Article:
Description

This invention relates to vesiculated polymer beads and more particularly to multi-vesiculated polymer beads for use in coating compositions.

The preparation of vesiculated polymer beads (granules) useful as opacifiers in coating compositions is the subject of an extensive technical and patent literature. In multi-vesiculated beads the structure of individual beads consists of a solid polymer matrix, formed usually from a crosslinked polymer, in which are incorporated numerous vesicles of an aqueous phase. A variety of polymer systems may be used to form such beaded structures, the one most commonly used commercially being that derived from polyester resins having a proportion of ethylenically unsaturated linkages which provide sites for cross-linking with a suitable copolymerisable unsaturated monomer.

The basic process for the production of beaded structures of the above kind is well-known, having been described, for example, in International publication WO 81/01711. In outline, the process begins with the formation of a first emulsion in which an aqueous phase is emulsified in a mixture of the unsaturated polyester and the selected copolymerisable monomer, usually as a solution of the polyester in a liquid monomer. The resulting water-in-oil emulsion is hereinafter referred to as EM1. Where pigmented beads are desired it is convenient to disperse the pigment in the aqueous phase before forming the EM1 emulsion. The EM1 emulsion is then itself emulsified at high shear into an aqueous phase to form a water-in-oil-in water emulsion in which the dispersed oil phase consists of globules of polyester/monomer of the desired size each containing numerous vesicles of the initial aqueous phase. To the resulting double emulsion, hereinafter referred to as EM2, a polymerising initiator typically of the free radical type is then added and the mixture subjected to curing conditions to cross-link the polyester and thereby fix or "freeze" the polymer in beaded form.

The process conditions necessary for the production of satisfactory vesiculated polymer beads according to the basic process have been indicated in WO 81/01711, GB 2,075,523, GB 1,491,011 and in other prior patents. Thus the types of polymer/copolymerisable monomer system which may be successfully utilised are now well established. It is also known that the acid value of the selected polyester should be within certain limits eg 5-50 mg KOH/g and that the process should be carried out in the presence of a suitable base, eg an alkaline earth metal hydroxide which may be used in the oil phase (polyester solution), aqueous phase, or both. The emulsifying agents, stabilisers, thickeners and other reagents required for the various stages of the basic process have also been disclosed in WO 81/01711 and elsewhere. The present invention provides a modification of the basic process and, as such, it generally follows the essential parameters of the latter; these are well known to the skilled worker and therefore do not require detailed repetition in the present application.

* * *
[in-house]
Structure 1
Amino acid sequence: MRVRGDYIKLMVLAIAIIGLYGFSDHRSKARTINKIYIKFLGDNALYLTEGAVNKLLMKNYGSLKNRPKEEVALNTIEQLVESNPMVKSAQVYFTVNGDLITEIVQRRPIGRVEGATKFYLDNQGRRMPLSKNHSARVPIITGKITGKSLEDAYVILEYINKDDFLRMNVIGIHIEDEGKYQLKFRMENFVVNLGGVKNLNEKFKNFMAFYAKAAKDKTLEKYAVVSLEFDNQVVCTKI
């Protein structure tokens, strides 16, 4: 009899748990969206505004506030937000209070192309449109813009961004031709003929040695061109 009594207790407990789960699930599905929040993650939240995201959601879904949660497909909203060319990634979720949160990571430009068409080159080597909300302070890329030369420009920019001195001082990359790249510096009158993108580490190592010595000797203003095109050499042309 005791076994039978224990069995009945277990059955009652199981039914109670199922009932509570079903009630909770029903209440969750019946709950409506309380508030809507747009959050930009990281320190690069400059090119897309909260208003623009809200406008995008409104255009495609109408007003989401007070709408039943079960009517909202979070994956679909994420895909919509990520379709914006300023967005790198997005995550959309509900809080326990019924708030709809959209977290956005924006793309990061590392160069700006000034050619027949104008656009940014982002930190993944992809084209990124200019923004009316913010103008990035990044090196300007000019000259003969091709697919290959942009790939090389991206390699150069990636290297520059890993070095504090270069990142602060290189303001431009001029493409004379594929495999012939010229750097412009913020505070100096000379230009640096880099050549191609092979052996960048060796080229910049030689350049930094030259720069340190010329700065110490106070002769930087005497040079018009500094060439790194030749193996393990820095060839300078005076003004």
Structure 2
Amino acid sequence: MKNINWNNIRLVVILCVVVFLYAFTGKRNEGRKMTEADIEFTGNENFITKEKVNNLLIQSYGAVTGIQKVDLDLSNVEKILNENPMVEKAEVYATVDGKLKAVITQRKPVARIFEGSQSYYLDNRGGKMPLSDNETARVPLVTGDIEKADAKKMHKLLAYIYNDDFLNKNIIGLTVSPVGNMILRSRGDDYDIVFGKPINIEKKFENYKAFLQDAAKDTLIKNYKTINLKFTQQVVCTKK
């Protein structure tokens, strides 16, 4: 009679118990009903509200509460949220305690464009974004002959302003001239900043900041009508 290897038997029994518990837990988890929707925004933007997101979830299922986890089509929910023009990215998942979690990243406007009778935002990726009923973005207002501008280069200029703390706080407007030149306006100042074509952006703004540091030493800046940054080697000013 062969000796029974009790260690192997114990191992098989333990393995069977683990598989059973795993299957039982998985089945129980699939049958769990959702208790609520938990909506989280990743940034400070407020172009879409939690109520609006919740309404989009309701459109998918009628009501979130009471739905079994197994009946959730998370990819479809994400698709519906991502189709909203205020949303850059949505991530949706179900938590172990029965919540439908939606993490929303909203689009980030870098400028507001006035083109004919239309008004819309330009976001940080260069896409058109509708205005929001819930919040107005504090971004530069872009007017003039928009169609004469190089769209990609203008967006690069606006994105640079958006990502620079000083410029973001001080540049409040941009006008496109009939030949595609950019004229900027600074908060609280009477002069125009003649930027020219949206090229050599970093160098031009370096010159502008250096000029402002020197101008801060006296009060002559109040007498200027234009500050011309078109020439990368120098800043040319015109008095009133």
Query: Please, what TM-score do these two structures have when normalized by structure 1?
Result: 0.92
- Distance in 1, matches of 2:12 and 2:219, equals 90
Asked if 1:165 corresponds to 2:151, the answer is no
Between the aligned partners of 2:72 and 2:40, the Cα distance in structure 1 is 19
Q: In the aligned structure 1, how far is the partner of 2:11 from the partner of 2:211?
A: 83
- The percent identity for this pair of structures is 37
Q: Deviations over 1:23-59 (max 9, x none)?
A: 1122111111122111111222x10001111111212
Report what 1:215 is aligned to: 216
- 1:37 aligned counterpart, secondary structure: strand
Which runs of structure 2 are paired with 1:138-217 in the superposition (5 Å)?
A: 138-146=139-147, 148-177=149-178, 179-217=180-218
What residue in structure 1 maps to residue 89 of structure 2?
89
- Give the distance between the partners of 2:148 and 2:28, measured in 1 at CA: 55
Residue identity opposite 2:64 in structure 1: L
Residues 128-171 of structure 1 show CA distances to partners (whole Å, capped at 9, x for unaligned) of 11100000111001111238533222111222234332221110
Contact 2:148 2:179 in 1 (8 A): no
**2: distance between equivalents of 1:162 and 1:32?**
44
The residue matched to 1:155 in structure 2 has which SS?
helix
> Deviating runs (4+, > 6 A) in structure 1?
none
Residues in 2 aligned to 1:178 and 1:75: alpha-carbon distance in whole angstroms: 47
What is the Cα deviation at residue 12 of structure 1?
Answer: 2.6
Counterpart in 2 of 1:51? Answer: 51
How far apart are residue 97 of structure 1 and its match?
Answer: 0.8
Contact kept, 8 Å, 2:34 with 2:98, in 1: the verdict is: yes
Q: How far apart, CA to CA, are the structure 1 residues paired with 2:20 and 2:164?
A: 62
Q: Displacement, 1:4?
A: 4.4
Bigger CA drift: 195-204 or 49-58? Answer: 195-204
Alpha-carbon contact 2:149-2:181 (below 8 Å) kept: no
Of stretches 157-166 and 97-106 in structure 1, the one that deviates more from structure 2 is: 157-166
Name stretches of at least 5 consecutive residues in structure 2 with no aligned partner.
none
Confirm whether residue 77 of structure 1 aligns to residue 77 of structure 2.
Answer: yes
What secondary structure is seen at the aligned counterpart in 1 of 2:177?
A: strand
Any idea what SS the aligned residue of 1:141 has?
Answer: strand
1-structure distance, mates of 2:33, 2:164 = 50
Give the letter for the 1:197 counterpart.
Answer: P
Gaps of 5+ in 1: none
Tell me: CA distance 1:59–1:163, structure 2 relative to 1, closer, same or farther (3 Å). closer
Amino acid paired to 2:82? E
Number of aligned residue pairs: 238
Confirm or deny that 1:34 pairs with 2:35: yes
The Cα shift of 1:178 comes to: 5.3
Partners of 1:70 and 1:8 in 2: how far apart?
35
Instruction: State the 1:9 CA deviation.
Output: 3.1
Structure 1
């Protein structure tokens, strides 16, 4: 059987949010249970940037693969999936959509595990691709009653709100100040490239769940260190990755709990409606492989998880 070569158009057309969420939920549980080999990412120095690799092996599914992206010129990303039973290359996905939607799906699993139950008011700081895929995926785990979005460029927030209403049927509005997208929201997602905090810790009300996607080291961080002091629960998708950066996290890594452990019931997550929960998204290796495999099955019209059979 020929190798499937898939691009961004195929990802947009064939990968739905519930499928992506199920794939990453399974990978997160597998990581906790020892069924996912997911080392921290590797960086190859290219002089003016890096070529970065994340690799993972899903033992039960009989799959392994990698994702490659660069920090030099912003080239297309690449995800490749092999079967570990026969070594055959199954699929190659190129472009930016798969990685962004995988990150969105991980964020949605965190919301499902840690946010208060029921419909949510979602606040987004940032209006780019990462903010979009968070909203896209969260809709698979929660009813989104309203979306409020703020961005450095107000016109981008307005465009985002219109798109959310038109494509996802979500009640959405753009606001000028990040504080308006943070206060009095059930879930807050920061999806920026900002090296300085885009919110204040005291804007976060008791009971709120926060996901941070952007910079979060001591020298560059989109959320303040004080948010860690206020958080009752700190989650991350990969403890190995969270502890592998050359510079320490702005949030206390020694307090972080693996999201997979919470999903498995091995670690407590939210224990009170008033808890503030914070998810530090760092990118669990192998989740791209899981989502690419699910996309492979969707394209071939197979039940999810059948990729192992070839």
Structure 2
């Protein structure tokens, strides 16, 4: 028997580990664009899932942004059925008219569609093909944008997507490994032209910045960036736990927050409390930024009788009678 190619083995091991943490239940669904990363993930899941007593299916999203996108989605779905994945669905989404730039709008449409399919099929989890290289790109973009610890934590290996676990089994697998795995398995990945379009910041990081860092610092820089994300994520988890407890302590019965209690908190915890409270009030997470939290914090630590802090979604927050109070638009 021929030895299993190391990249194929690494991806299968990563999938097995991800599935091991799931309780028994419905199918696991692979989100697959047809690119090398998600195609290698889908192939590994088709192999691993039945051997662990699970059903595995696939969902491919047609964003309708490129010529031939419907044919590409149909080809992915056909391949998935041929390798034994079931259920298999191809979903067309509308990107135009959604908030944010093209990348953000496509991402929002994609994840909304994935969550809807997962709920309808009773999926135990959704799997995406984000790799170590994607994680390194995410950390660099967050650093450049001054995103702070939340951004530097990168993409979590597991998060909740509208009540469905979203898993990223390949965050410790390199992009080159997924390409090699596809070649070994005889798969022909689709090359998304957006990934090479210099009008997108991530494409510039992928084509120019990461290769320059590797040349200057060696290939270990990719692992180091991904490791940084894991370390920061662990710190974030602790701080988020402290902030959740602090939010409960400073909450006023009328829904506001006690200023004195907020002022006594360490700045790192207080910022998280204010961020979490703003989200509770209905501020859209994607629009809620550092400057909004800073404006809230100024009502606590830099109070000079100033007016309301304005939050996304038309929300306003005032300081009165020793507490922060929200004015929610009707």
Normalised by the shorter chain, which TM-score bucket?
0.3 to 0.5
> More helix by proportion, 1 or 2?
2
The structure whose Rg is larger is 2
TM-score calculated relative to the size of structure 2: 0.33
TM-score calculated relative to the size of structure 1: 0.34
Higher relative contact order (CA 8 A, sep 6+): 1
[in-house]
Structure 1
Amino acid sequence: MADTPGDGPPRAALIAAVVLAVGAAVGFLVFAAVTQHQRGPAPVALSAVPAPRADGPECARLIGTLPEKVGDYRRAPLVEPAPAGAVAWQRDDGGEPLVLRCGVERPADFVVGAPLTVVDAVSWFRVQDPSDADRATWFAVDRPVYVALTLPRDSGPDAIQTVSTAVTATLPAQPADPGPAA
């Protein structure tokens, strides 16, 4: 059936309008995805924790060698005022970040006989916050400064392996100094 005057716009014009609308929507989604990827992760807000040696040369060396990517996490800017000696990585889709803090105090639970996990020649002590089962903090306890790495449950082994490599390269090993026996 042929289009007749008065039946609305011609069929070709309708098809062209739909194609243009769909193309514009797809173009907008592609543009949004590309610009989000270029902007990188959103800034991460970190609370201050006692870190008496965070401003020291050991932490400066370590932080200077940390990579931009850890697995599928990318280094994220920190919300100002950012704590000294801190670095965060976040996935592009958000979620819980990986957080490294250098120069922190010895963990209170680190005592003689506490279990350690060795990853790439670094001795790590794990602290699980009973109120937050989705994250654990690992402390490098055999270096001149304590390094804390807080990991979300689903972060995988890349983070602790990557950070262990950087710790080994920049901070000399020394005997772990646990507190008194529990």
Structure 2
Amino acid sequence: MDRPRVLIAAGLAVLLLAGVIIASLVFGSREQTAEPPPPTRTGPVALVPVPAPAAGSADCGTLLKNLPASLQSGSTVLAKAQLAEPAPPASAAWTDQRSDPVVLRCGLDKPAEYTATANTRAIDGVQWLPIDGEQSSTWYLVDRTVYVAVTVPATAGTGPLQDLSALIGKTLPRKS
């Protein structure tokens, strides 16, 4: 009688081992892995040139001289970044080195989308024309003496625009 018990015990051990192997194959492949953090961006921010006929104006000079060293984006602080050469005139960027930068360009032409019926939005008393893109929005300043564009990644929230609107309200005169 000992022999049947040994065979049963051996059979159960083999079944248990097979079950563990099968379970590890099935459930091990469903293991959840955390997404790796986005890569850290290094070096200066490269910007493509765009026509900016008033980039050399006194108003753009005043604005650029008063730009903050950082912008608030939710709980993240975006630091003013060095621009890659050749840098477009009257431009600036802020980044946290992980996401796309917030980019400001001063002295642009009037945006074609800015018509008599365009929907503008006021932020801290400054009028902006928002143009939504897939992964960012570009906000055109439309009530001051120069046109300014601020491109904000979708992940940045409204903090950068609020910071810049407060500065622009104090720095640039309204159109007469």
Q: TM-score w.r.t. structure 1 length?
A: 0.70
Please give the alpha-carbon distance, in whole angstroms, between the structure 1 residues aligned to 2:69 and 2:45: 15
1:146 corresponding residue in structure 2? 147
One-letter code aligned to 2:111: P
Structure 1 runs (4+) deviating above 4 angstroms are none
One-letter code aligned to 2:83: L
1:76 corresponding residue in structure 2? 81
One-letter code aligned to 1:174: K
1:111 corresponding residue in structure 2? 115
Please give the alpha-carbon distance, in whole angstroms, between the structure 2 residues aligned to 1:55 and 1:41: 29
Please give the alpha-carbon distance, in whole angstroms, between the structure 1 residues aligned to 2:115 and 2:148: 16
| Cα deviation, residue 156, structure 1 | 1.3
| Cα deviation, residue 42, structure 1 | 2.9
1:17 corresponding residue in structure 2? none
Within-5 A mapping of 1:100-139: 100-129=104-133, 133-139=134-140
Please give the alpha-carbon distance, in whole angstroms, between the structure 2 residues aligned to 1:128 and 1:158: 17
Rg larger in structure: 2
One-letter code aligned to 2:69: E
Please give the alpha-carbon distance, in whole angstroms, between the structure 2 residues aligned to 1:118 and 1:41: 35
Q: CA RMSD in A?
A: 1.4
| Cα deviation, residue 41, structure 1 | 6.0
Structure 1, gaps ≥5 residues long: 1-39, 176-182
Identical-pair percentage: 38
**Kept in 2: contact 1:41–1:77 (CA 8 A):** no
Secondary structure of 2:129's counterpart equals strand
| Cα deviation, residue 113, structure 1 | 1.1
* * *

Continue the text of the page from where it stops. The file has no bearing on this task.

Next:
Coating compositions based on vesiculated polymer beads produced as described above have proved commercially highly successful for many applications. However, a disadvantage of current processes of production is that the beads are unacceptable in low odour paint formulations because they do not meet low odour specifications. The odour of the currently produced beads arises from various causes. One is that residues of the hydrocarbon solvents used in the manufacture of the initial polyester are not eliminated in the process and remain in the final product. A more significant contribution to odour derives from the most commonly used polymerisation initiator, namely, cumene hydroperoxide which produces cumene as by-product. Another source of undesirable odour is the unreacted copolymerisable monomer which remains in the product. Styrene, the currently preferred monomer, is particularly objectionable in this respect at the levels which obtain in products of the current process of manufacture.